100h_knufflebunnytitle1.ashx“Knuffle Bunny: A Cautionary Musical” runs May 27-June 28 at the Alliance Theatre’s Hertz Stage.


MO WILLEMS has “more fun seeing the world than anybody else.” That’s the skinny from Rosemary Newcott, director of the Alliance Theatre’s Knuffle Bunny: A Cautionary Musical

“He’s just tremendous in the room,” Newcott continues. “His observation skills are so sharp and his ability to see how young people think and feel is really honorable. For me, he is one of those people who really lives his art.”

Photo by Marty Umans
Photo by Marty Umans

Newcott, the Alliance’s Sally G. Tomlinson Artistic Director of Theatre for Youth and Families, leads the stage musical of Knuffle Bunny for a second time. In 2010, she directed its premiere at the John F. Kennedy Center for the Performing Arts in Washington, D.C. Willems spun the show out of his 2004 best-selling autobiographical picture book about a daddy-daughter trip to the laundromat. He made sure to include gigantic dancing laundry — “the bigger the better.”

“He has this wicked sense of humor that doesn’t stop,” Newcott says.

She guided the original cast to achieve just the right balance “between showing real love and slapstick frustration,” Willems says. “I’m curious to see how this production differs from the original, which I hope it does. Theater should be an organic opportunity to change and morph.”

“Knuffle,” by the way, is pronounced “KA-nuff-ull.” It’s the Dutch word for “hug.” Who ka-new?

Willems, 47, has created more than 40 children’s books, and several have won top literary awards, including three Caldecott Honors and two Theodor Seuss Geisel Medals. Besides Knuffle Bunny: A Cautionary Tale and its follow-up, Knuffle Bunny Too: A Case of Mistaken Identity, his many titles include Don’t Let the Pigeon Drive the Bus! and the Elephant and Piggie early-reader series. Just out is I Will Take a Nap!, the 23rd title in a series featuring best buds Gerald and Piggie.


Willems’ work is “filled with love,” Newcott says, and his humor tickles adults as much as it delights kids. “One of the things that makes his work so spectacular is that there’s a level of sophistication that makes it all-audience programming. That’s what I look for in every single thing I direct.”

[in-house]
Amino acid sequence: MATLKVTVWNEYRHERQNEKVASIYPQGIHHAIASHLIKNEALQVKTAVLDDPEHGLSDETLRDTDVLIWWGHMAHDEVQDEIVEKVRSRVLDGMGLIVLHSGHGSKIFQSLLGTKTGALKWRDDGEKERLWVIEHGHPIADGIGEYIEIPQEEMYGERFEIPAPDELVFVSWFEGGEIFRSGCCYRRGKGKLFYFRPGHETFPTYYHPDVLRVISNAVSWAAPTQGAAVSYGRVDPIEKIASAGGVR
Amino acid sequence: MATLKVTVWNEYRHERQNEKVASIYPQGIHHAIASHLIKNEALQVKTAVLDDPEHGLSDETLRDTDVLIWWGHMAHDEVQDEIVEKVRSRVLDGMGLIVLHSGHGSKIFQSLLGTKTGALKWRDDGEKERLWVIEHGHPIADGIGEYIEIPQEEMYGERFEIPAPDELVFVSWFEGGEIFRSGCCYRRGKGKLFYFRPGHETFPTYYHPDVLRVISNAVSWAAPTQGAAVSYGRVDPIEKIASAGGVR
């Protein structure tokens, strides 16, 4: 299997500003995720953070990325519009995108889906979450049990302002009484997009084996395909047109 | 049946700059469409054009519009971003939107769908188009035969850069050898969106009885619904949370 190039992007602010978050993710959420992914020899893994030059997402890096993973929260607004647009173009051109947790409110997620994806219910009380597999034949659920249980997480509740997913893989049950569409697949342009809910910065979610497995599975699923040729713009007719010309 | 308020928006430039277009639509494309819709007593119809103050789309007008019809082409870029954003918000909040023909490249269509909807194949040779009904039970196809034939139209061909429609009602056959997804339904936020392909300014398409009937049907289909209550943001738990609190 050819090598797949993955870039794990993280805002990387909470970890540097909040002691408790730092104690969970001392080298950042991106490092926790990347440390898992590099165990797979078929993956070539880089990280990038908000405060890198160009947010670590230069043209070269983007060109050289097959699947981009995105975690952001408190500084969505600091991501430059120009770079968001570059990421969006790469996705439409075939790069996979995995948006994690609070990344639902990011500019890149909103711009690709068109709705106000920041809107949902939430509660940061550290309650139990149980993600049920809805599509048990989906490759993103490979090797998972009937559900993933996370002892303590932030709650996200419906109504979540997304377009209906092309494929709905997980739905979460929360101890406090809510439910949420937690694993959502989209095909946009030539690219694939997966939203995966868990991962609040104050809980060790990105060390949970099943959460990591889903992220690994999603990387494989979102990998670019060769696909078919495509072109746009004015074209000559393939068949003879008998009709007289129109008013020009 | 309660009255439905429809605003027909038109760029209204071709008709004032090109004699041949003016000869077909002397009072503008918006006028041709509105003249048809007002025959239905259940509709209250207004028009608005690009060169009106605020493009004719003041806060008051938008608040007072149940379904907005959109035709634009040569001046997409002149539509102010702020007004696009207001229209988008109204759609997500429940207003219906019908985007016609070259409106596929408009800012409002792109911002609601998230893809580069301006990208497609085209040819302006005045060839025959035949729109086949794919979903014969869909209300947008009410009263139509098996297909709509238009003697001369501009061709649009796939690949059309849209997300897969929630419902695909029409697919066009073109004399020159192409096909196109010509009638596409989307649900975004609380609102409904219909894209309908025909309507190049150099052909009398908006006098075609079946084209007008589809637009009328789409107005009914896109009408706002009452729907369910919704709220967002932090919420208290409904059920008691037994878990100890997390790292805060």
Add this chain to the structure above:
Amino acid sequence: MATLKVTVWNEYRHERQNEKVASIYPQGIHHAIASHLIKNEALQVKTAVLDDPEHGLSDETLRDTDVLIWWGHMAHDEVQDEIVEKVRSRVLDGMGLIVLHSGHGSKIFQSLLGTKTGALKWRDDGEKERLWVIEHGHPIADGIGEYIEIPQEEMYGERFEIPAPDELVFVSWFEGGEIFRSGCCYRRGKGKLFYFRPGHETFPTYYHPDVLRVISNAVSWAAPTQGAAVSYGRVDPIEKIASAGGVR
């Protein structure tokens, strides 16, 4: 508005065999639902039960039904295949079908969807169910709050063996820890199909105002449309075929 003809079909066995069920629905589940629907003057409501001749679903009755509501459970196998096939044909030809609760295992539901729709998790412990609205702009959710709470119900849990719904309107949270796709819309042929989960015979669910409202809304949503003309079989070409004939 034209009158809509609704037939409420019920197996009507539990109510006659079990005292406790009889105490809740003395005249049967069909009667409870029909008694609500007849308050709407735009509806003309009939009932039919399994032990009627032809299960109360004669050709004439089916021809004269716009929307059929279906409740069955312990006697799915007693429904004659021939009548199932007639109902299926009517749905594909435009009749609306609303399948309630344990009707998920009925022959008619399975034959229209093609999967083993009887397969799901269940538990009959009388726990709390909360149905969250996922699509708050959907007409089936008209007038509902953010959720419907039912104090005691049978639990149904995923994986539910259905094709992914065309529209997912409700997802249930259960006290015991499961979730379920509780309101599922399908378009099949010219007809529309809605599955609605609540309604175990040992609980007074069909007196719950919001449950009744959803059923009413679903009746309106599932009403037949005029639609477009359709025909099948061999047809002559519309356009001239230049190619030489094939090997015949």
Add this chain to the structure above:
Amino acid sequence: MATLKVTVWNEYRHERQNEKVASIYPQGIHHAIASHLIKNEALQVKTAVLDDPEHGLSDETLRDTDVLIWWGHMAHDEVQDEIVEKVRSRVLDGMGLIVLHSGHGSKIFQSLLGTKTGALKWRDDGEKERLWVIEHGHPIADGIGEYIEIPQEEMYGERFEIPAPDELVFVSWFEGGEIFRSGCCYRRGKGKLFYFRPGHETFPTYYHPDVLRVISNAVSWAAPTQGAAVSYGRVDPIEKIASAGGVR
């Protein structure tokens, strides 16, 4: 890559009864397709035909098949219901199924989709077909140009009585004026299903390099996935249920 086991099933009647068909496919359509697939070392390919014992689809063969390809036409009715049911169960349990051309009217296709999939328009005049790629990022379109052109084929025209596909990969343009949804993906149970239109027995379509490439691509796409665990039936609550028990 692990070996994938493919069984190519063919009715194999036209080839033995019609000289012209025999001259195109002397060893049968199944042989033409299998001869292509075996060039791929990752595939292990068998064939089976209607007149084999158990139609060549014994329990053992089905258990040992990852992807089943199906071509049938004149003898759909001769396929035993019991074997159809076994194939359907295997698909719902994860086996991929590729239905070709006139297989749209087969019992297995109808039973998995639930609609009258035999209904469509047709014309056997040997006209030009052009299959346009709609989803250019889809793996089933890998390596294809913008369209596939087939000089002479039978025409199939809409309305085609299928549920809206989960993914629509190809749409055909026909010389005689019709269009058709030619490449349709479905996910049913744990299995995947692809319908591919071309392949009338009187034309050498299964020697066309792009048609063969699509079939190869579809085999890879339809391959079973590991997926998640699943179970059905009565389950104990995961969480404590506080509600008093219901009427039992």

Willems wants his work to be accessible and invites kids to try drawing his characters — much like he started out drawing Charlie Brown. He gets armloads of fan mail in which kids include drawings of wide-eyed Pigeon in comical situations. Here’s what else Willems had to say in an email chat:

Question: When did you first start drawing and making up stories? 

Answer: I have wanted to draw and be funny from the time I drew on the walls with my poop as a toddler. Once I graduated to crayons and paper as a medium, I focused on copying Charlie Brown, Snoopy and the whole “Peanuts” gang. At age 5, I wrote to Charles Schulz and asked if I could have his job when he died.

 Q:  How did writing for “Sesame Street” help you grow as a storyteller?

A:  “Sesame Street” changed my life twice. First as a child, when I was captivated by how funny the Muppets were and how cool the cartoons looked. I feel certain that sparked a desire to write and draw. Then again, in my early 20s, I was invited to write scripts and create animated films for them. My efforts on “Sesame Street” made me fall in love with the demandingly philosophical world of writing for children. Because children are new here, they haven’t had the time to get the myriad cultural references we take for granted. So your palette is limited to the core philosophical issues: What is love? Why do people hurt each other? Can I drive the bus?

Q:  How did you get the idea that Knuffle Bunny could become a musical?

A: Turning Knuffle Bunny into a musical is a terrible idea. Many of my ideas are terrible ideas, because for me “terrible” simply means “hasn’t been tried before.” And I like trying things. The “terrible” idea here was creating a musical starring someone who couldn’t speak. That’s funny. So, the big aria of loss and love and fear is the heart of the show and, to me, “terribly” poignant.

Q: Did you have a Knuffle Bunny or stuffed toy as a child? If so, do you still have it?

A:  I did have quite a few stuffed animals that hung out with me. My favorite was Red Lamb, an, uh, red lamb who, incidentally, was also my fiancée. In addition to having a menagerie of stuffed friends, I was employed by an Invisible Boss at an Invisible Invention Factory. I no longer have the stuffed animals and eventually married someone else. I do, however, still have that Invisible Boss.

Q:  Of all choices, why a pigeon? Why did that creature become your signature character?

A: A hippopotamus would not fit on the page.  Also, it’s a “terrible” idea to give a pigeon a starring role.


About Julie Bookman

Julie Bookman has written about the arts, entertainment and literature as a freelance journalist and, coast to coast, on the staffs of three daily newspapers, including The Atlanta Journal-Constitution. She has interviewed such legends as Isaac Bashevis Singer, Liberace, Mary Martin and Mikhail Baryshnikov.

View all posts by Julie Bookman